Look at it this way.
Let's say you invest $100,000 in bonds issued by 100 different companies. (Large, round numbers because those make it easier to do calculations.) The average bond returns 7% per year.
Without any credit events, after the first year, you will have collected $7,000 (7%) in interest payments, thereby having a grand total of $107,000.
Now apply a 2% credit event rate.
There are basically three ways we can do that; either 2% of companies go bankrupt and fail to honor any of their bond obligations, or companies fail to honor 2% of their bond obligations, or the interest rate on the bonds are reduced by 2%. These aren't the same thing!
In the first case, where 2% of companies go bankrupt, their bonds become worthless. Since you invested $1,000 in each company's bonds, this means you lose $2,000 due to bankruptcies. Assuming they paid the coupon (interest), you still got $7,000, but lose $2,000, so at the end of the year your bond portfolio is worth $105,000 ($2,000 less than in the no credit events case). You gained 5% during that year, instead of 7%.
In the second case, where companies fail to honor 2% of the face value of their bonds, your set of each company's bonds is now worth 98% * $1,000 = $980. The bonds are now worth $98,000, plus the $7,000 you were paid, or $105,000. You again gained 5% during that year, instead of 7%.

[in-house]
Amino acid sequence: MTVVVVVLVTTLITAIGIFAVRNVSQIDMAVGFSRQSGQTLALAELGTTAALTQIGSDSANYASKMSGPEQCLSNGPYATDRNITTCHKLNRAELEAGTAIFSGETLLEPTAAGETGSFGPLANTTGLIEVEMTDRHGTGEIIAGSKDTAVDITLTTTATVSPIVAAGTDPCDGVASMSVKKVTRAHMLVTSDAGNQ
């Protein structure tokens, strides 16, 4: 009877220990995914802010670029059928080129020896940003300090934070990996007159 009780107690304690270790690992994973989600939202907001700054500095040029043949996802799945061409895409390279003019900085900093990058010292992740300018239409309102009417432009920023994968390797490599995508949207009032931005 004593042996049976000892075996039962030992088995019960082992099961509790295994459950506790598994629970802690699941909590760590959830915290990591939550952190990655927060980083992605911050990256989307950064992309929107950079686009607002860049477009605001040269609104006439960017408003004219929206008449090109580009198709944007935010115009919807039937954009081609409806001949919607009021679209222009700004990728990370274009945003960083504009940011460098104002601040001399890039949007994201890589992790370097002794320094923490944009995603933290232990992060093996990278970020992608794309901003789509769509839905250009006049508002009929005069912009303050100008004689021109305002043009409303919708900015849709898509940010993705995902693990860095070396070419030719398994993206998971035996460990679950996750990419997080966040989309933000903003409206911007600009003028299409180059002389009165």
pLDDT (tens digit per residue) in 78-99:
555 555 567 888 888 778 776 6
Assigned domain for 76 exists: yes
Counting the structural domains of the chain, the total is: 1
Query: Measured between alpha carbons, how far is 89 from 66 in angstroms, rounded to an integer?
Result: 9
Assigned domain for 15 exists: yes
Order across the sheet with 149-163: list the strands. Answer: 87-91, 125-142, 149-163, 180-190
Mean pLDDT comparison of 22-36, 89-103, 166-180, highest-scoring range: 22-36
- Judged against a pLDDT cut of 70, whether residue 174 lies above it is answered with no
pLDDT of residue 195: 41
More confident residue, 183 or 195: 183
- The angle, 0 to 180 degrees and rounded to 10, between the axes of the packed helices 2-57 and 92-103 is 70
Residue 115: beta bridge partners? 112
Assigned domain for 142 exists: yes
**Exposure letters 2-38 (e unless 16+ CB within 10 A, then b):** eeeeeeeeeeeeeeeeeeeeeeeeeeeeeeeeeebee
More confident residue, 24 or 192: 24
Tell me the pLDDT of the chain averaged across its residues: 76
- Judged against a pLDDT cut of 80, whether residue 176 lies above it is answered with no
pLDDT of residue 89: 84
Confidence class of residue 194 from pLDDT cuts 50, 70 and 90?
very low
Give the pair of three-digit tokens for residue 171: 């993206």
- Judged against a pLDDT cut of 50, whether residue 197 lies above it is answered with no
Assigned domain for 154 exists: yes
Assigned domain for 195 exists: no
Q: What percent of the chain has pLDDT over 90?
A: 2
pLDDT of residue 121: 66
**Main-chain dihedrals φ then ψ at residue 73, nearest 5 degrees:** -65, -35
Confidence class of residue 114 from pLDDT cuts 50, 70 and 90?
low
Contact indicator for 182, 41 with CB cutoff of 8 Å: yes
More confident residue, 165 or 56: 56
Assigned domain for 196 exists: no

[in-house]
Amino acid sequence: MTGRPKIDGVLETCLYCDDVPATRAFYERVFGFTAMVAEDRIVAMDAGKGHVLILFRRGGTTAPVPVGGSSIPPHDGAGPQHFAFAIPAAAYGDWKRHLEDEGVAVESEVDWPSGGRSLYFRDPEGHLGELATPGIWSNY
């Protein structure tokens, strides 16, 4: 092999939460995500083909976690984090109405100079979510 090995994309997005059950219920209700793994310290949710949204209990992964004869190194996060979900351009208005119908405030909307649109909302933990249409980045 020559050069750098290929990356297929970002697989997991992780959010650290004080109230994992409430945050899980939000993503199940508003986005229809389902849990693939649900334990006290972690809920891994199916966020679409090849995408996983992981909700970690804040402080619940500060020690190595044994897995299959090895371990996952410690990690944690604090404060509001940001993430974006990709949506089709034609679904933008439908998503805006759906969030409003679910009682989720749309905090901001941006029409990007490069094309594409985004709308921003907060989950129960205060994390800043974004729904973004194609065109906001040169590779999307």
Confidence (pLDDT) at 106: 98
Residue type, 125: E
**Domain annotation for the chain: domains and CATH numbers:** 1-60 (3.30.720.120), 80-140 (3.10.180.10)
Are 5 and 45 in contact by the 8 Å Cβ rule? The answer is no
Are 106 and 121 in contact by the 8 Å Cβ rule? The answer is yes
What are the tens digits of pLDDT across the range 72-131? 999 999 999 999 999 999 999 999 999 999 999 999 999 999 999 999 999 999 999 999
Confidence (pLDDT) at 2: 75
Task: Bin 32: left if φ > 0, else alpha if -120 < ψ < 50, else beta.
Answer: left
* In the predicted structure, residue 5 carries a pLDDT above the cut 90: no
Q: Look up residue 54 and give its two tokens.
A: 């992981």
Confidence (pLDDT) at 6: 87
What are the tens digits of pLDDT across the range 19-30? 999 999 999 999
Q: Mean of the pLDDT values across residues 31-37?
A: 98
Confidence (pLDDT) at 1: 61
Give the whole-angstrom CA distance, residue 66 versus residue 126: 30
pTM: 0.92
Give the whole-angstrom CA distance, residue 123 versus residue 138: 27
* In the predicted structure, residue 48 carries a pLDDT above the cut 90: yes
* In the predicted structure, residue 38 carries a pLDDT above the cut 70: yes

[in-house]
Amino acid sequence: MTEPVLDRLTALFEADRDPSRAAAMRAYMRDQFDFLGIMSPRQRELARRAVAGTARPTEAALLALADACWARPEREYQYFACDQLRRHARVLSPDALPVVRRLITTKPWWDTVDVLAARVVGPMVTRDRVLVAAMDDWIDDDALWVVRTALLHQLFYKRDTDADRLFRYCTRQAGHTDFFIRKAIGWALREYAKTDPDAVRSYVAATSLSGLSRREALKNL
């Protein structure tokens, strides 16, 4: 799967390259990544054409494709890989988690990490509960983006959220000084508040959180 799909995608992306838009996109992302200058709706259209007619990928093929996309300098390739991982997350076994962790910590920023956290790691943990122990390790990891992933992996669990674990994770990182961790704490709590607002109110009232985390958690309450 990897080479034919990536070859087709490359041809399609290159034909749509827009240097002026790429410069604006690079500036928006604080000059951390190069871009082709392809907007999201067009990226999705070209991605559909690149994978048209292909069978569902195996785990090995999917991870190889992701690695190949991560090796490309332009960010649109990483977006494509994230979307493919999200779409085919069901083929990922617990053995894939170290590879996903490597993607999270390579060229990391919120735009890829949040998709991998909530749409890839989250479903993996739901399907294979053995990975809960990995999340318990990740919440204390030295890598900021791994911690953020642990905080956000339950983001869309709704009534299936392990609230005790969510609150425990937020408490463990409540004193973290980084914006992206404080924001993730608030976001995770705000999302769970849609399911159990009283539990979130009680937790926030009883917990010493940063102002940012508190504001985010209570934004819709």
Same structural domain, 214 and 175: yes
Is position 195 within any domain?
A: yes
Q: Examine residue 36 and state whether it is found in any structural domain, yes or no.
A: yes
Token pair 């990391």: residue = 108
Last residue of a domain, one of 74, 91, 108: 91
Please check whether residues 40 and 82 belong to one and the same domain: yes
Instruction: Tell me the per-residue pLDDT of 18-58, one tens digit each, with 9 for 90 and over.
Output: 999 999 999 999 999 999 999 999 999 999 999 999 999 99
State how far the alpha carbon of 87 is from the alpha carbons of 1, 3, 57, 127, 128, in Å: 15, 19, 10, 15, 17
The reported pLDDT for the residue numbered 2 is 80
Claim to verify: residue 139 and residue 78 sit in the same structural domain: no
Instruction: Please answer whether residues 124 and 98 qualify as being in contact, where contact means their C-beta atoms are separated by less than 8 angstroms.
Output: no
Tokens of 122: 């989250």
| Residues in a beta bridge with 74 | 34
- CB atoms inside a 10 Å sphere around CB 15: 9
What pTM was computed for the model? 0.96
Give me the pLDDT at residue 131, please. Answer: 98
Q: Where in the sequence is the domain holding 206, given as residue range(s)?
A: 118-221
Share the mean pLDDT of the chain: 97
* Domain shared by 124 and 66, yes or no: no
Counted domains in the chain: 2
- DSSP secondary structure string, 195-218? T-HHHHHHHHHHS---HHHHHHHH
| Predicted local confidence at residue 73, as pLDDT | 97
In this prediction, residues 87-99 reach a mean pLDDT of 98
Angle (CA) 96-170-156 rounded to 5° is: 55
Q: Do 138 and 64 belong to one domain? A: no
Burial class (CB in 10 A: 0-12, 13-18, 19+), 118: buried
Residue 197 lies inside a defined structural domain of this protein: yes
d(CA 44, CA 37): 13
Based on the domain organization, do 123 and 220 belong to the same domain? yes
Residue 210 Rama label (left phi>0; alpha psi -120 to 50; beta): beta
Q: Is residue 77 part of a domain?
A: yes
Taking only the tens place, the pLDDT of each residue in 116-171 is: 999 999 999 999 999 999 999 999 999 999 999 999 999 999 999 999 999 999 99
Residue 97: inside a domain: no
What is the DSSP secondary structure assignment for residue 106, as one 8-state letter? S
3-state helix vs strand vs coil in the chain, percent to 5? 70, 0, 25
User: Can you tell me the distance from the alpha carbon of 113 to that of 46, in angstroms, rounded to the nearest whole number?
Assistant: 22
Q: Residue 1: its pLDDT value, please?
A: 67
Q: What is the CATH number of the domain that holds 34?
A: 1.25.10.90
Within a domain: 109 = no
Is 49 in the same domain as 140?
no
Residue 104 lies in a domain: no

In the third case, where the interest rate is reduced by 2% (not two percentage points; two percent), the interest rate on each bond is now 98% * 7% = 6.86%. This means that instead of getting $7,000 in interest from $100,000 in bonds, you would get $6,860, or $140 less. Thus you'd have $106,860 instead of the expected $107,000; you gained 6.86%, rather than 7%, that year. (If the interest rate was reduced by two percentage points, then it would be 5%, thereby netting you $105,000 at the end of the year; again, $2,000 less than you were expecting.) A reduction in interest rate is often accompanied by a fall in market price for the bond, but if you trust that the company can make good on its promise on the due date of the bond, you will still get the face value back on or near that day.
Therefore, assuming that credit events are total (in other words, that the company will no longer honor that bond at all), or that the coupon rate on the bonds is reduced by a given number of percentage points, you can simply subtract the number of percent of return. If the coupon rate is reduced by a given number of percent, then you have to figure out the new return and determine how that compares to the total return you were expecting. That's where you definitely can't rely on media reports; my experience is that journalists are notoriously bad at separating the concept of percent and percentage points, as well as average and median.
In the real world, of course, credit events for publicly traded bonds are a lot messier than this; for example, if a company writes off 2% of their debt, the market is unlikely to look at that as the end of it, and prices for that company's bonds are likely to fall further, driving their borrowing costs higher for when the debt is to be refinanced.